It works both ways. Just ask Milton Wolf, Chris McDaniel and Matt Bevin.
Even as Senate Republicans facing primary challengers have come under increased scrutiny in recent months and have stumbled in some cases, the tea party conservatives looking to unseat them have rapidly begun to feel the impact of a thorough examination from the media and the GOP establishment, resulting in their own notable setbacks.
Part of the reason tea party challengers are feeling heat like never before is that incumbents and their allies have simply had more practice. Before the rise of the tea party in the 2010 midterms, sitting senators were unseated only four times in more than a quarter century. It's happened four more times since 2010.
Where they failed in the past to recognize the threat posed by these challengers, now senators and supporters are redoubling their efforts to avoid getting taken down by the right as conservatives have flooded the field with ambitious challengers who idolize conservative rabble-rousers like Sens. Ted Cruz (R-Tex.) and Mike Lee (R-Utah). (Half of the GOP senators running for reelection this year are facing primary challengers.)
The result, strategists say, is a sharper opposition research effort and a more robust supplementary movement from deep-pocketed groups.
"Republicans felt burned by Senate challengers and incumbents that weren't ready for prime time in the last cycle," said Ron Bonjean, a former House and Senate GOP leadership aide. "Many Republicans felt that we could have taken the Senate majority back if it wasn't for rookie mistakes made by candidates. The combined opposition research efforts of outside groups and investigative journalists have created a political 'Hunger Games' that could eventually weed out weak primary candidates who could implode over time.
The latest example of the pendulum swinging back against an insurgent challenger came in Kansas over the weekend. The Topeka Capital Journal reported that Wolf, a radiologist challenging Sen. Pat Roberts (K-Kan.), had posted graphic X-ray images online of gunshot victims and others, and cracked jokes about the images.
Just weeks earlier, it was Roberts who was playing defense against the revelation that he pays a modest monthly rent to stay with supporters when he in Kansas and rents out the home he owns.
Bevin's past has also come under sharp focus in Kentucky, where he is trying to unseat Minority Leader Mitch McConnell (R). Politico recently reported that Bevin had once supported the TARP bank bailout program he likes to criticize sharply in the campaign. In Mississippi, McDaniel's initial wavering about whether he would have supported a Hurricane Katrina relief bill prompted criticism from his opponent, Sen. Thad Cochran (R) and regional editorial writers.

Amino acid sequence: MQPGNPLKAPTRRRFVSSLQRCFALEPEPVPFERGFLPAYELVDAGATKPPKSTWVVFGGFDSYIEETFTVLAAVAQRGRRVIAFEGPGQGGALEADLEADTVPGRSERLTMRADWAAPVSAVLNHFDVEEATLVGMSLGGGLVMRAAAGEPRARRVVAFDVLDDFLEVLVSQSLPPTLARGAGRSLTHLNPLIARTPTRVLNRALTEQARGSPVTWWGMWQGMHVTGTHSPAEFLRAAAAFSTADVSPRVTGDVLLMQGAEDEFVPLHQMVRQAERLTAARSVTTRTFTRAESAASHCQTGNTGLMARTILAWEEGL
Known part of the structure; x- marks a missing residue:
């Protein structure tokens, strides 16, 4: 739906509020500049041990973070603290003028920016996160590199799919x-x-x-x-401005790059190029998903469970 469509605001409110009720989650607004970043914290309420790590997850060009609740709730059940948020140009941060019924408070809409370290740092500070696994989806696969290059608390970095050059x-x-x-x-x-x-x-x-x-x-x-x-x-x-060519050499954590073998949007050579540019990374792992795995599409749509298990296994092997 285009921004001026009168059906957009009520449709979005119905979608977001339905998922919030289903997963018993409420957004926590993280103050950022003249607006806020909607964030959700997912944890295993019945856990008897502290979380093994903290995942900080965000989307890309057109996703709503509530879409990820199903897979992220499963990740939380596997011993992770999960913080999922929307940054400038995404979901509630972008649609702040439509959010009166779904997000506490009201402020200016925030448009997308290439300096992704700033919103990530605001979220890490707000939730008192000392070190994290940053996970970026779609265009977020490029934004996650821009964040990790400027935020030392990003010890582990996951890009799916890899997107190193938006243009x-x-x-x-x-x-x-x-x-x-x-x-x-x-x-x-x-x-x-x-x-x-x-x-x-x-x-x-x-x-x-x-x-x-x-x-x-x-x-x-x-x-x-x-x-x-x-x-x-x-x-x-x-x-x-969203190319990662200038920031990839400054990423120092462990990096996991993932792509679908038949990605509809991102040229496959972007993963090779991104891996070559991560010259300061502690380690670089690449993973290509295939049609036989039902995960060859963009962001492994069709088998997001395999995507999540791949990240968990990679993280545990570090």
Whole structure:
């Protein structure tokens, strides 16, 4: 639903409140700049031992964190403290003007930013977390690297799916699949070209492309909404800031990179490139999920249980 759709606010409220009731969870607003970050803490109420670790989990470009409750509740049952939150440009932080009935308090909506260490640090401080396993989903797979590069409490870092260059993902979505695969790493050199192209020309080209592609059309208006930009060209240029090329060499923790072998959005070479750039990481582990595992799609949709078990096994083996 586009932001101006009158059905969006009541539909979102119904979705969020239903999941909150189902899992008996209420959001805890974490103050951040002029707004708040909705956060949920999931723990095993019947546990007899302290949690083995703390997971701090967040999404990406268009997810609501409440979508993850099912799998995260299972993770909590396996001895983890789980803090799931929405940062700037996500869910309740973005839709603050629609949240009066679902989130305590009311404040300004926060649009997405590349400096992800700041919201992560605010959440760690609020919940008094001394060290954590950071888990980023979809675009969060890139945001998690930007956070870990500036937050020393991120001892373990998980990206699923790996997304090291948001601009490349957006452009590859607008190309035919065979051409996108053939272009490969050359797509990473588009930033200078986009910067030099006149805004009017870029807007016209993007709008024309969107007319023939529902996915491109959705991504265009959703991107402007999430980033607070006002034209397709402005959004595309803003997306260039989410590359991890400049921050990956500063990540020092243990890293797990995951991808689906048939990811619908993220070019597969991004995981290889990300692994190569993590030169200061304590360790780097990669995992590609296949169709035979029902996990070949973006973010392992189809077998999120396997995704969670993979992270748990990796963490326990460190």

Cochran's situation is an example of how some Republicans have marshaled money and resources in order to micro-target races and protect incumbents. A super PAC called Mississippi Conservatives has formed in order to help him, even though it is barred from coordinating with his campaign. The group has already been targeting McDaniel on television. McDaniel has his own allies, national tea party groups, such as the Club For Growth and the Senate Conservatives Fund.
Digging into challengers' pasts is only part of the job for incumbents and their allies. Flubs, mismanaged campaign tactics and signs of disinterest in the state and/or the conservative movement can erase momentum in a hurry.
The main protagonist in this cautionary tale is Richard Lugar. The long-serving Indiana Republican senator lost to Richard Mourdock in 2012 after running a campaign at which many national strategists shook their heads. Lugar was unable to shake stories about his residency, thumbed his nose at the tea party, and relied on a formula that many Republicans saw as outdated and a poor fit for the 2012 climate.
Roberts's residency status may expose him to the same kind of problems Lugar experienced. And Cochran's recent remarks that he doesn't "really know a lot about" the tea party as well as his praise of President Obama in 2008 could haunt him against McDaniel.
With Republicans in eager pursuit of the Senate majority this cycle with no margin for error, it's especially important for them to to field candidates for the general election who can win. To the National Republican Senatorial Committee, that means making an extra effort to protect incumbents in safe GOP seats and avoiding what happened in Indiana, where Mourdock turned out to be disastrous general election candidate and handed what once looked like a safe Republican seat to Democrats.
"The first step is protecting every Republican seat that's up and ensuring we don't waste resources," said NRSC spokesman Brad Dayspring.
Conservative activists say the stiff push back from incumbents and their allies against the tea party threats reflects worry on their part and could backfire.
"We've seen this type of thing before from the establishment. What's different now is the NRSC has hit the panic button much earlier than in previous cycles. They hope it will destroy these conservative candidates, but it will probably only anger the grass roots and cause them to work even harder to defeat these incumbents," said Matt Hoskins, executive director of the Senate Conservatives Fund.
A battle for control of the Republican Party is alive and well. This much is clear: Those who are in office right now are not going to fight it sitting down.